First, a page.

This is a big loop among the seemingly endless gravel and dirt roads in the Piedmont National Wildlife Refuge and bordering Oconee National Forest. There are a couple of creek crossings that will definitely get your feet wet, but the only challenge is the overall distance. The route starts and ends at a parking area just outside Juliette, GA, site of the movie Fried Green Tomatoes.
The local SORBA-OMBA group sometimes runs the Fried Green 50 race/fundraiser/group ride through the PNWR. The route varies from year-to-year, but this will give you an appreciation for the local gravel.
Download the GPX for the route, use the MTB Project mobile app
, and/or find a local, and bring your cross country bike for this peaceful route through the Piedmont National Wildlife Refuge. The forest is mostly loblolly pines and you'll see a lot of them (and not much else) along the route. The forest is managed as a key habitat for the endangered Red Cockaded Woodpecker, but bird nerds have logged over 200 different species of birds.
There are a lot of intersections along the route, but they are all well marked with road names. You'll pass through some of the intersections multiple times so I'm not going to give full turn-by-turn directions, but obviously you can get creative and make longer/shorter routes to your liking.
The route starts at a parking area on the Ocmulgee River just outside Juliette, GA, site of the Whistlestop Cafe in the movie Fried Green Tomatoes.
Cross the bridge over the Ocmulgee River and then turn right into the sprawling suburb of East Juliette. Follow the route through East Juliette and then go straight onto Barron Russell Road
to enter the PNWR. This will give you the first take of the kind of gravel roads immersed among the loblolly pines that you can expect for the next couple of hours. You'll also get the first of many creek crossings in.
You ride about 15 miles on various roads inside the PWNR before you come to the paved Round Oak Juliette Road. A right at this point will take you quickly back to the start. The route goes straight onto Little Rock Wildlife Drive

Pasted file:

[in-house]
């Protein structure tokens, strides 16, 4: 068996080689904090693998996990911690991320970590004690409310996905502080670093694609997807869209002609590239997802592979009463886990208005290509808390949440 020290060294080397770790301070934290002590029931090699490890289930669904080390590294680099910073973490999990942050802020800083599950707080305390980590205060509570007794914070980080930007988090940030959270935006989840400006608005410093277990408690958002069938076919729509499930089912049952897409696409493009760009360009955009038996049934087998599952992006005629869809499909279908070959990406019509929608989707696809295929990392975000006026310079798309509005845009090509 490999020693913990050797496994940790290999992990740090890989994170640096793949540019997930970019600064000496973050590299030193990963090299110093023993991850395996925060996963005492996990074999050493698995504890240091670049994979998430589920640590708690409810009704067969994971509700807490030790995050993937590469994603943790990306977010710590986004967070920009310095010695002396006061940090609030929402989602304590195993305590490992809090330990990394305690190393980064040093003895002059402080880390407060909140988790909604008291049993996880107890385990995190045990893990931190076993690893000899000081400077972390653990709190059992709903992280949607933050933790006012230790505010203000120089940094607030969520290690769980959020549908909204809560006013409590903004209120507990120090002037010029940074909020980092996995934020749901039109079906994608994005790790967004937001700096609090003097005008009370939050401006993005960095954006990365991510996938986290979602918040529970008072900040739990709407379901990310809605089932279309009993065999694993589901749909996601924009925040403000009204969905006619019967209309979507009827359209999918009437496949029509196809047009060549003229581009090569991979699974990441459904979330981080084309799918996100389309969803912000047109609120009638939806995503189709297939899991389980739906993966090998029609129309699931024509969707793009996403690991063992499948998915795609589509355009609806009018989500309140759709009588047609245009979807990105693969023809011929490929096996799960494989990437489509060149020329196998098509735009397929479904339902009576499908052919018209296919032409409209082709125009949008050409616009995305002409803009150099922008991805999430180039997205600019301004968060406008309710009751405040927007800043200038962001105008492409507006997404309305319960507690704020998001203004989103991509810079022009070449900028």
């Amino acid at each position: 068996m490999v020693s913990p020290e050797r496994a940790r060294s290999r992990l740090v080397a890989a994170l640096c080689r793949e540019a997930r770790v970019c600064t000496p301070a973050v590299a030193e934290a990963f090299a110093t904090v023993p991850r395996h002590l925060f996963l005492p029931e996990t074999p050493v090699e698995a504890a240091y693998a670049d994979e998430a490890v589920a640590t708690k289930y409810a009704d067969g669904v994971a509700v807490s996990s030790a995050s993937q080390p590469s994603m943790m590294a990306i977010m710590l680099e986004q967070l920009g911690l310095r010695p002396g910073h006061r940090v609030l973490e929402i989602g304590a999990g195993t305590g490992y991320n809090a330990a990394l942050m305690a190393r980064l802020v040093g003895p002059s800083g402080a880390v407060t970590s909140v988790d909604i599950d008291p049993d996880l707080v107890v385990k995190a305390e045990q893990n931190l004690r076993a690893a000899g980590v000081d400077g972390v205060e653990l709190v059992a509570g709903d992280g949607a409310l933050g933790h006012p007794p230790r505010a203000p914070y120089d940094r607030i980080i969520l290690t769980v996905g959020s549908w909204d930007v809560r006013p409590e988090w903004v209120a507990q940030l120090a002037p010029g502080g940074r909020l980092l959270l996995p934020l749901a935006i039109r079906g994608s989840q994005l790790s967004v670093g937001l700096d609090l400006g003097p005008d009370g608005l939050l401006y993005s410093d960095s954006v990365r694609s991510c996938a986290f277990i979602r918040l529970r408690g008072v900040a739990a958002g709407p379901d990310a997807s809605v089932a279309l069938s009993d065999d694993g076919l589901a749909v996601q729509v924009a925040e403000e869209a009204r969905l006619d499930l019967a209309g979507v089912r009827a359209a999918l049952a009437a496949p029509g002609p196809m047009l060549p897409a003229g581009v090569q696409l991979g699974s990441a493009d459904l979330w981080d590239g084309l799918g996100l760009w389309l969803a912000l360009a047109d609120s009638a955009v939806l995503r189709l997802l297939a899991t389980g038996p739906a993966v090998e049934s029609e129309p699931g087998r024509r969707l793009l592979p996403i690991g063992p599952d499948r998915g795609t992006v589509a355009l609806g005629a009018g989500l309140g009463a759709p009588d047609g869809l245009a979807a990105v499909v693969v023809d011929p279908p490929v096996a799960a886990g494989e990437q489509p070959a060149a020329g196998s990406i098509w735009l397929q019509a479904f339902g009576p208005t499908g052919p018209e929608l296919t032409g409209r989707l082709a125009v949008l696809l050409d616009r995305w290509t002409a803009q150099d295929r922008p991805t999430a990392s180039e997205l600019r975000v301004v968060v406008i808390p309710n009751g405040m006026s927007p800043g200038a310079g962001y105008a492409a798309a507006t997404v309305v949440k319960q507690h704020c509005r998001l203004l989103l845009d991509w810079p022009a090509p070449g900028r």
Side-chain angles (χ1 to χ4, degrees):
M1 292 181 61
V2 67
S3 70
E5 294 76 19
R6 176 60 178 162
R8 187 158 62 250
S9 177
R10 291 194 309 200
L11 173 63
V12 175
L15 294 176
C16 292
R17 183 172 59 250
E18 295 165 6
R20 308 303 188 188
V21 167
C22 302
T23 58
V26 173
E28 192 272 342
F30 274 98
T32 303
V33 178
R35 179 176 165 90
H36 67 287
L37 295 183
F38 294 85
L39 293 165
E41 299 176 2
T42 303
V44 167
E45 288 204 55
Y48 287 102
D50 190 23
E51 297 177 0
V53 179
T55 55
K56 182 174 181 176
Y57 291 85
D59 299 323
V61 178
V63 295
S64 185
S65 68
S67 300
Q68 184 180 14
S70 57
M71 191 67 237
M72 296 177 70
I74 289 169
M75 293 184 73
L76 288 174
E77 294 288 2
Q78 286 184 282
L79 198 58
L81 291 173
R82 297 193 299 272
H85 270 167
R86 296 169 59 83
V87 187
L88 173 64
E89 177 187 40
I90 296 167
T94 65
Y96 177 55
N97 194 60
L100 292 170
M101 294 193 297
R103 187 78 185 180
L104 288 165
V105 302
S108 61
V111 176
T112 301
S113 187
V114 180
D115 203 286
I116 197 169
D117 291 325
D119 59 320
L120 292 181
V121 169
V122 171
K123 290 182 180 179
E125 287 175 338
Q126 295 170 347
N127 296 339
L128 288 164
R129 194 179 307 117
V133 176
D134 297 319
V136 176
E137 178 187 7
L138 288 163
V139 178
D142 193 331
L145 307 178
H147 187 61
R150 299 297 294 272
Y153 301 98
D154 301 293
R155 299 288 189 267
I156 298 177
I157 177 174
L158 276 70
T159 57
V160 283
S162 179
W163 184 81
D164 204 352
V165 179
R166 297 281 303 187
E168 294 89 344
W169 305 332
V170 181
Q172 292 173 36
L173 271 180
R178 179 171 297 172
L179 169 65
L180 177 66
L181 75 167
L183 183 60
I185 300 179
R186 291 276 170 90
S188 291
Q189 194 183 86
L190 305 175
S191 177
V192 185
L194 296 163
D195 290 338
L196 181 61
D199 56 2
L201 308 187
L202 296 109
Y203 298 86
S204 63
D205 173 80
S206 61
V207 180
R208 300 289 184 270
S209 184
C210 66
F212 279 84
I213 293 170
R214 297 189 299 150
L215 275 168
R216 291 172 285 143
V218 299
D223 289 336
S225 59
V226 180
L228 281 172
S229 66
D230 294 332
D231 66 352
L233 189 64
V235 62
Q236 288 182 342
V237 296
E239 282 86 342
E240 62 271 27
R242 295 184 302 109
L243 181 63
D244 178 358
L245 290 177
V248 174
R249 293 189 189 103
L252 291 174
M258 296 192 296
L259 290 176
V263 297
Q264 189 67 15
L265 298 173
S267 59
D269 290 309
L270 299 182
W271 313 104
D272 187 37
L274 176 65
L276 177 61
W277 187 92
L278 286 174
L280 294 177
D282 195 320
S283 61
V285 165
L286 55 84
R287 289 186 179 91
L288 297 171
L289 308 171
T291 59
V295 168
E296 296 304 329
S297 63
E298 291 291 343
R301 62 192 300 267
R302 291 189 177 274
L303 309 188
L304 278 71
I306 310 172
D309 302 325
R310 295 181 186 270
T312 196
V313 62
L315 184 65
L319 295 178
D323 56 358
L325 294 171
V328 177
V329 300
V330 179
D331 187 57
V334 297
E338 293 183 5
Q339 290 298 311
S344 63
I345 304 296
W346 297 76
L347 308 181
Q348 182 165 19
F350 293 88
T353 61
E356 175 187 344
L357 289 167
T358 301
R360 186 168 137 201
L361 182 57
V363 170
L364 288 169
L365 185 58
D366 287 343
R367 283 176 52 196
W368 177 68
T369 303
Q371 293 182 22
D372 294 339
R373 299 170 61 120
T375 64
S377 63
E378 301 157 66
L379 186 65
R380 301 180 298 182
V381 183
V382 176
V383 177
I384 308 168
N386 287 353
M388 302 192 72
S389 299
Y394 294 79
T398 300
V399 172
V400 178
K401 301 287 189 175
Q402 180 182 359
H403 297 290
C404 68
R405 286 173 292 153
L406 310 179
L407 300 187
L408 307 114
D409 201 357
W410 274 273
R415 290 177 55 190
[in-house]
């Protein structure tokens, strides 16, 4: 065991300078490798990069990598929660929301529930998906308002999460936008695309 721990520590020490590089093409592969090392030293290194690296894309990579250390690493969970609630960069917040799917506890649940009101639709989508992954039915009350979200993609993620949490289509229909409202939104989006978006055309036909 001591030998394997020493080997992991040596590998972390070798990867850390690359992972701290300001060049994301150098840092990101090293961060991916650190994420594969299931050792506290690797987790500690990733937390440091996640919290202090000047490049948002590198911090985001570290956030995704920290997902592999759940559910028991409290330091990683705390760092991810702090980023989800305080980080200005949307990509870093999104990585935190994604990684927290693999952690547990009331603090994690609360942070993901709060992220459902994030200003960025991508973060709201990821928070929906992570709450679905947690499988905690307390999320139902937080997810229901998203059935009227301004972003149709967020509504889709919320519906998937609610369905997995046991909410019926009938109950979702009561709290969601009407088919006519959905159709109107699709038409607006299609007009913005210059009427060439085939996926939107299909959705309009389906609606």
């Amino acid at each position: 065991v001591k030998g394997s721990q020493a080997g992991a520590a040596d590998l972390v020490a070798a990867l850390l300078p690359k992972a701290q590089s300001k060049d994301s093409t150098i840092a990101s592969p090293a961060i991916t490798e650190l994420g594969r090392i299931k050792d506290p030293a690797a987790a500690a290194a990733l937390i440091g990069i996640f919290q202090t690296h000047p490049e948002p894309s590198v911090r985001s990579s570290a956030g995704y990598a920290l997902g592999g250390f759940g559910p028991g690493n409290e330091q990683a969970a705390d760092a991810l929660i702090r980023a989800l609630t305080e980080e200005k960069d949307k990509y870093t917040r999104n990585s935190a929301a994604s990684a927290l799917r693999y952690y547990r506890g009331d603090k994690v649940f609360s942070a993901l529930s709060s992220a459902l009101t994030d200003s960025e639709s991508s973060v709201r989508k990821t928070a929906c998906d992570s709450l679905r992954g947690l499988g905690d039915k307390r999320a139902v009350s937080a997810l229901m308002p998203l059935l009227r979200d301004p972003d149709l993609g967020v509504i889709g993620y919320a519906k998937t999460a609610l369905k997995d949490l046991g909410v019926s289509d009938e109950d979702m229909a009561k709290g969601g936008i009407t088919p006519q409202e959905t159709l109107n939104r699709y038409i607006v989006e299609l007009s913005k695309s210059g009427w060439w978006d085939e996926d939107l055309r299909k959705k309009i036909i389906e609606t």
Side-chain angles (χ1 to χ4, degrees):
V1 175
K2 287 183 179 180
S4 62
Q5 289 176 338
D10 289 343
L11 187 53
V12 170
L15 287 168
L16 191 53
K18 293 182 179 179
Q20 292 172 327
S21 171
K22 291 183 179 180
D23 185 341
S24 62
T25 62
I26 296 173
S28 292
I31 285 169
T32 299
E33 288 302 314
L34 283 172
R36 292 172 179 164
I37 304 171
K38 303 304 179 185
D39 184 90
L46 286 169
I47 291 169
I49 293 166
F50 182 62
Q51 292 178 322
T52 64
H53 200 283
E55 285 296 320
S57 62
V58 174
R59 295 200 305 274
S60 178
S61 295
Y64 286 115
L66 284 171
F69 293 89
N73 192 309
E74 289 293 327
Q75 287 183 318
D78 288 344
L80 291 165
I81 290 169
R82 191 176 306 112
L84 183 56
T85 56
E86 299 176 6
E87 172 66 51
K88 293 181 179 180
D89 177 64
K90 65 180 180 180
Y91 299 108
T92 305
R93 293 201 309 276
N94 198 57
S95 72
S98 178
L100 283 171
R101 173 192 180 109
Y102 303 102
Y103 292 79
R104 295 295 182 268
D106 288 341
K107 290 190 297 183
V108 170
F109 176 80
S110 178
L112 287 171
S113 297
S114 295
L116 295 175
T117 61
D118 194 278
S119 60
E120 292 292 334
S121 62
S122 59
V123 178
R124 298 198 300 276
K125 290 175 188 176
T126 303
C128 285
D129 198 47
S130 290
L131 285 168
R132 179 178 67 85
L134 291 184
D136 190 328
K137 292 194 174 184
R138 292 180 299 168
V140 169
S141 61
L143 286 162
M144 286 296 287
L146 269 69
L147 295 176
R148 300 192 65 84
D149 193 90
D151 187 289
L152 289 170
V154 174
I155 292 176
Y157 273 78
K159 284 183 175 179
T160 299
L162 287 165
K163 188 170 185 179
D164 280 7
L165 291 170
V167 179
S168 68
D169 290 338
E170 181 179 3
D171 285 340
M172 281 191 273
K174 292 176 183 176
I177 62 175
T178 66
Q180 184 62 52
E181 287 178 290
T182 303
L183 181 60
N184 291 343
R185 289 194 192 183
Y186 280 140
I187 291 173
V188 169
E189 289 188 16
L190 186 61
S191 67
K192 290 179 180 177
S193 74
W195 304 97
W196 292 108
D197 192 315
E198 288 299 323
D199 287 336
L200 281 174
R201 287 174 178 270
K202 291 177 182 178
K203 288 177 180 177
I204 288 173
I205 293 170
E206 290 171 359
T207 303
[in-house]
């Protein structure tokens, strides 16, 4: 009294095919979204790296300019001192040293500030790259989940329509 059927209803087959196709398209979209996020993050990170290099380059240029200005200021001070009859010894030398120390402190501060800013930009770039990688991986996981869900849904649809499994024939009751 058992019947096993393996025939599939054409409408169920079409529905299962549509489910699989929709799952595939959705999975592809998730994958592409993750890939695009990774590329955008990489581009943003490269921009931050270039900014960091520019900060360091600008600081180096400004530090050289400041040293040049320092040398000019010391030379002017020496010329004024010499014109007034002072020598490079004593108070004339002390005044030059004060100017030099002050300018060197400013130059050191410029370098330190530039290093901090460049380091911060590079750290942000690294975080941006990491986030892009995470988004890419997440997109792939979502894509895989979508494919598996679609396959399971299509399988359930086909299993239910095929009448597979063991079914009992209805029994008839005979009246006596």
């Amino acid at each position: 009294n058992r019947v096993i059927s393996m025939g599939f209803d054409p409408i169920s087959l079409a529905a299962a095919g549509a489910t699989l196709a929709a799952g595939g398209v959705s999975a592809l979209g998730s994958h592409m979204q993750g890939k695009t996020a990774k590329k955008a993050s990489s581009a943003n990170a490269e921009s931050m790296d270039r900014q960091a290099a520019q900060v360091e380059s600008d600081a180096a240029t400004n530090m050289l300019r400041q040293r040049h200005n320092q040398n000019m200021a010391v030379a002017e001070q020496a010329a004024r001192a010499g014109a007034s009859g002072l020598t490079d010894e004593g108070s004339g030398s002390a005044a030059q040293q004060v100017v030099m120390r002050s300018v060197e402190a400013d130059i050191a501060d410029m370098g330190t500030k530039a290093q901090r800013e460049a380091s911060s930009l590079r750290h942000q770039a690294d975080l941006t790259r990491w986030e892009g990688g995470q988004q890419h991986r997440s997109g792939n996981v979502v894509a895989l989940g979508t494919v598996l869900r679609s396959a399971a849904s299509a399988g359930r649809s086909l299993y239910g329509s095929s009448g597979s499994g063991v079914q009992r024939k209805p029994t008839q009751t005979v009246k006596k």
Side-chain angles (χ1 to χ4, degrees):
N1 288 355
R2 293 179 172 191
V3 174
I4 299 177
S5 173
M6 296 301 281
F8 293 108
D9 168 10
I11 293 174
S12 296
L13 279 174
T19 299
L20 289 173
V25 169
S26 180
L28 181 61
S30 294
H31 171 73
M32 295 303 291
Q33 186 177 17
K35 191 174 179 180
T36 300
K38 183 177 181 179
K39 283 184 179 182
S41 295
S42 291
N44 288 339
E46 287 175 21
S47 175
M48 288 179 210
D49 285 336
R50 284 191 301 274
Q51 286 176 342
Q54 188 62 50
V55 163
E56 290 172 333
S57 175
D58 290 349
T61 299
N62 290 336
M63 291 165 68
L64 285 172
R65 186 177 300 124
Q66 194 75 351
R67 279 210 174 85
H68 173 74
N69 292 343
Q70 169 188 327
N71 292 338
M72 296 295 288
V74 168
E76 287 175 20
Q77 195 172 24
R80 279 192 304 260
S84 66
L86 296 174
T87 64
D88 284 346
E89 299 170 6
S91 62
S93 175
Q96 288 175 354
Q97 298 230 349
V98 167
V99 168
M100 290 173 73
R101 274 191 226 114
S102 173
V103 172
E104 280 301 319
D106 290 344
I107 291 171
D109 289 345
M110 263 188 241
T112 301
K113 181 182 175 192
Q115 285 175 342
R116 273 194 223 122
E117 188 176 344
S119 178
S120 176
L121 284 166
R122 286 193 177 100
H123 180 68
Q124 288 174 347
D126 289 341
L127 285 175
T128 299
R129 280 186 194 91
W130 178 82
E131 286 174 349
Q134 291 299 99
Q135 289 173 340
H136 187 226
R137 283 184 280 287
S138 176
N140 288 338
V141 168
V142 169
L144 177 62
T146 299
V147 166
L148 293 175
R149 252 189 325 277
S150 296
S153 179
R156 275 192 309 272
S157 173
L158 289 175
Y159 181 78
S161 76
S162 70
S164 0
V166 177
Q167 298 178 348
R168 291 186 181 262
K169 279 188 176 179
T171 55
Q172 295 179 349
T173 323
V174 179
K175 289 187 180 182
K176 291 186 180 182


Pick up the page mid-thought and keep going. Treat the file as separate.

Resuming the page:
, which is one of the prettiest segments in the route. You head down into an opening with a couple of ponds where wildlife can often be found. Then you head into a hardwood forest along a creek before weaving across the forest to another creek. At the end of Little Rock Wildlife Drive
, turn right and follow the low-traffic paved Round Oak Juliette Road for about 1.5 miles.
This takes you on another five miles of gravel through PWNR to the highway GA 11. Turn left (north) along the highway for about 2.5 miles to the next gravel segment on Westvaco Road
. Wind your way 17 miles on gravel and dirt through the heart of PWNR (some of the intersections will look familiar) back to the paved Round Oak Juliette Road. Another two miles of pavement takes you to the final dirt segment on Old River Road
. Old River Road
takes you back to east Juliette.
Overall, there are about 47 miles of gravel/dirt and six miles of paved roads. Any singletracks in PNWR are clearly marked for foot travel only.
The PNWR is a monument to erosion. Poor land practices starting with antebellum-era cotton farms (which cleared the forest) and the boll weevil (which cleared the cotton) caused massive erosion leading to abandonment of the land. The federal government stepped in to rehabilitate the forest during the depression and today the forest is reestablished, serving as a haven for wildlife and the endangered cross country mountain biker.